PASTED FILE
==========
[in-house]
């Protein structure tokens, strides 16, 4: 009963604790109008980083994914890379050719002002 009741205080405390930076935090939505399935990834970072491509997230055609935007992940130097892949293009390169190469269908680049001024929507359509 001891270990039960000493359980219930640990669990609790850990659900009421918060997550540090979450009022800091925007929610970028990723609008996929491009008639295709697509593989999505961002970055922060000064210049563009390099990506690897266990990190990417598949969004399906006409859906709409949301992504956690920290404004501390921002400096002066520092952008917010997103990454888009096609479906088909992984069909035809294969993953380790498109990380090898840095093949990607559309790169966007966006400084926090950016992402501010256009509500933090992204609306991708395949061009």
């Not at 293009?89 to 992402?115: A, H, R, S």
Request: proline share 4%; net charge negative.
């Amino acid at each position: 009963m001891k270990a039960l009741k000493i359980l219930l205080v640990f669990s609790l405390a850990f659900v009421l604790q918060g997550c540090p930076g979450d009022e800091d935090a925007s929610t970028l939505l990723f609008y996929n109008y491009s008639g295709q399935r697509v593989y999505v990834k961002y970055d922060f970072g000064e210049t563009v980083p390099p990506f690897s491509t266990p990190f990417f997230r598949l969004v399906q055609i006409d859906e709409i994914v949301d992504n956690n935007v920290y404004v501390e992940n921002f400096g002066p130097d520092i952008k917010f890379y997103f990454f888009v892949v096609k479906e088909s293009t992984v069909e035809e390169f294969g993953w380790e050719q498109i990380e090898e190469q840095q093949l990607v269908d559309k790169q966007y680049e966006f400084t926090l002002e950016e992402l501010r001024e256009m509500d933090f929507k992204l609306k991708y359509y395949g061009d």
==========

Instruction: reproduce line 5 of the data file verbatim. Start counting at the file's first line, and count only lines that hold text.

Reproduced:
């Amino acid at each position: 009963m001891k270990a039960l009741k000493i359980l219930l205080v640990f669990s609790l405390a850990f659900v009421l604790q918060g997550c540090p930076g979450d009022e800091d935090a925007s929610t970028l939505l990723f609008y996929n109008y491009s008639g295709q399935r697509v593989y999505v990834k961002y970055d922060f970072g000064e210049t563009v980083p390099p990506f690897s491509t266990p990190f990417f997230r598949l969004v399906q055609i006409d859906e709409i994914v949301d992504n956690n935007v920290y404004v501390e992940n921002f400096g002066p130097d520092i952008k917010f890379y997103f990454f888009v892949v096609k479906e088909s293009t992984v069909e035809e390169f294969g993953w380790e050719q498109i990380e090898e190469q840095q093949l990607v269908d559309k790169q966007y680049e966006f400084t926090l002002e950016e992402l501010r001024e256009m509500d933090f929507k992204l609306k991708y359509y395949g061009d």